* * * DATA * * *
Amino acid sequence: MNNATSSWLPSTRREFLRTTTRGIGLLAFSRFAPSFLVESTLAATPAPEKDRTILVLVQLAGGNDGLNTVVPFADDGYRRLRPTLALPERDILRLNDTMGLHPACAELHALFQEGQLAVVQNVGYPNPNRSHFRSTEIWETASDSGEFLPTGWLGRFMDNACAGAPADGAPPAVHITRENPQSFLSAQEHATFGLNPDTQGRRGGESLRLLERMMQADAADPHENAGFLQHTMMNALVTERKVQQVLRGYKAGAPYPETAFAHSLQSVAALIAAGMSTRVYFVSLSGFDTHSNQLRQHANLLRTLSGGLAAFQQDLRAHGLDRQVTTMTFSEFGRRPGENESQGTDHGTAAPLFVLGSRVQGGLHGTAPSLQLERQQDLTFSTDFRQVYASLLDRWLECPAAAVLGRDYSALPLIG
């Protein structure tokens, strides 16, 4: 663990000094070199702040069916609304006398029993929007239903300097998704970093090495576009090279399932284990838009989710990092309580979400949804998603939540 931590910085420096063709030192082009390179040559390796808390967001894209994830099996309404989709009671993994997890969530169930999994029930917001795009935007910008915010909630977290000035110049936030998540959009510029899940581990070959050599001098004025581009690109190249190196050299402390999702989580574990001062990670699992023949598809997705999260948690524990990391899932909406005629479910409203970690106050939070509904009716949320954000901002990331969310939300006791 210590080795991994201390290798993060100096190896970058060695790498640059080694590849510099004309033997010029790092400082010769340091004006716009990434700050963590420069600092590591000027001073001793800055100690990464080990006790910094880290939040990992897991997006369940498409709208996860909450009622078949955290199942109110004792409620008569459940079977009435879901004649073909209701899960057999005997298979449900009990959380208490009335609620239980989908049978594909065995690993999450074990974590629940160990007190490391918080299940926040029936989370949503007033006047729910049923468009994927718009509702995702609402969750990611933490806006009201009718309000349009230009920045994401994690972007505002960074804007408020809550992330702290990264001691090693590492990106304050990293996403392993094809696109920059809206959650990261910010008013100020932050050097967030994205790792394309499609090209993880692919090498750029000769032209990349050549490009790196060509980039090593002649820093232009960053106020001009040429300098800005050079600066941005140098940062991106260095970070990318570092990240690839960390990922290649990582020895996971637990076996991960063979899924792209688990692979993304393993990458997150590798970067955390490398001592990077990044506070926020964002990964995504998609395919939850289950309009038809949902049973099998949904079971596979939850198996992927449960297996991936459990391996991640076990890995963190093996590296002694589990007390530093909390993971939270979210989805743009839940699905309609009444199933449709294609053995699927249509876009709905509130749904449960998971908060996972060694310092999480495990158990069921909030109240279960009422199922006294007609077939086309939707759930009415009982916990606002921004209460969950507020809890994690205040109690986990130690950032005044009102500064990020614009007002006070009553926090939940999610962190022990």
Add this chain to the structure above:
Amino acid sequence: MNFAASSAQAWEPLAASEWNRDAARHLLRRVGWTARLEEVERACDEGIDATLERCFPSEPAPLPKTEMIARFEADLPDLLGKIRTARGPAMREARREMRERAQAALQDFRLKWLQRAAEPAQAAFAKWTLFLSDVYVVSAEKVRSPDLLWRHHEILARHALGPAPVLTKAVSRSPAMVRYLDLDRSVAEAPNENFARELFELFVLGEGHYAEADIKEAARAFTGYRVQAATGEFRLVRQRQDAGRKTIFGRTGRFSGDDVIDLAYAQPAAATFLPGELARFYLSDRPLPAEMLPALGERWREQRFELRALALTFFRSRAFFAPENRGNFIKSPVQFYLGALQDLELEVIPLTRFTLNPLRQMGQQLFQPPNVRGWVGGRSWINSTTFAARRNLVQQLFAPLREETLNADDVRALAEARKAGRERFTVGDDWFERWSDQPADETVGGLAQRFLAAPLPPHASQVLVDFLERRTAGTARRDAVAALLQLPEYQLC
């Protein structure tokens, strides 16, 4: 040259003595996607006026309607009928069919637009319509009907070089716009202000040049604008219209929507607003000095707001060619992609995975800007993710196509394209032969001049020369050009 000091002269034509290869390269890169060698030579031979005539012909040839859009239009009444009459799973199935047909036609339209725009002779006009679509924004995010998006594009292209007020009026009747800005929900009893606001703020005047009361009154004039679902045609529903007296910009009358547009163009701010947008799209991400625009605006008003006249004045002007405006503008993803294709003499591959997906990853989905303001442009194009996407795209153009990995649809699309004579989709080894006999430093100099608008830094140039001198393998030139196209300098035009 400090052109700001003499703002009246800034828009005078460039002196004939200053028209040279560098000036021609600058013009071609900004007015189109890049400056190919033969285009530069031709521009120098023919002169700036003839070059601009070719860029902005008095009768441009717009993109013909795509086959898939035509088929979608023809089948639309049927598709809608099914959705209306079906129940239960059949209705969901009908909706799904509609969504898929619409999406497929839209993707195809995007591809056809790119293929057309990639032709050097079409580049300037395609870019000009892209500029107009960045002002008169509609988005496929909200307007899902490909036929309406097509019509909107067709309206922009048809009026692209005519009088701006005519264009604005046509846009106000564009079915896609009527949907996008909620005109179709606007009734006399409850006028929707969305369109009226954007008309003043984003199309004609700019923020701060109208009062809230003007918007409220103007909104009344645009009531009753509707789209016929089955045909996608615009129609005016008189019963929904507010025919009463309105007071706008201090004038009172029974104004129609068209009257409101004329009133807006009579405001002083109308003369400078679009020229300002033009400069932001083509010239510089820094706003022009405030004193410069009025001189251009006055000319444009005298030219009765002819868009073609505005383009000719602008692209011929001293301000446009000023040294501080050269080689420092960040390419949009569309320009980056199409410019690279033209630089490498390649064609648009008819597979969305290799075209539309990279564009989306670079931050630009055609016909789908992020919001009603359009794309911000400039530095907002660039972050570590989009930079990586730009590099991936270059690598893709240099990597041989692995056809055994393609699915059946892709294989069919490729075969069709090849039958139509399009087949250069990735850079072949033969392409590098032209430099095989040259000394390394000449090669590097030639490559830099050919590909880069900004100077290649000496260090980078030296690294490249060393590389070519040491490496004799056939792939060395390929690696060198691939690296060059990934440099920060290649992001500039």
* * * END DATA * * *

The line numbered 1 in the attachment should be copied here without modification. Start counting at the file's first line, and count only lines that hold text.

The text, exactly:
Amino acid sequence: MNNATSSWLPSTRREFLRTTTRGIGLLAFSRFAPSFLVESTLAATPAPEKDRTILVLVQLAGGNDGLNTVVPFADDGYRRLRPTLALPERDILRLNDTMGLHPACAELHALFQEGQLAVVQNVGYPNPNRSHFRSTEIWETASDSGEFLPTGWLGRFMDNACAGAPADGAPPAVHITRENPQSFLSAQEHATFGLNPDTQGRRGGESLRLLERMMQADAADPHENAGFLQHTMMNALVTERKVQQVLRGYKAGAPYPETAFAHSLQSVAALIAAGMSTRVYFVSLSGFDTHSNQLRQHANLLRTLSGGLAAFQQDLRAHGLDRQVTTMTFSEFGRRPGENESQGTDHGTAAPLFVLGSRVQGGLHGTAPSLQLERQQDLTFSTDFRQVYASLLDRWLECPAAAVLGRDYSALPLIG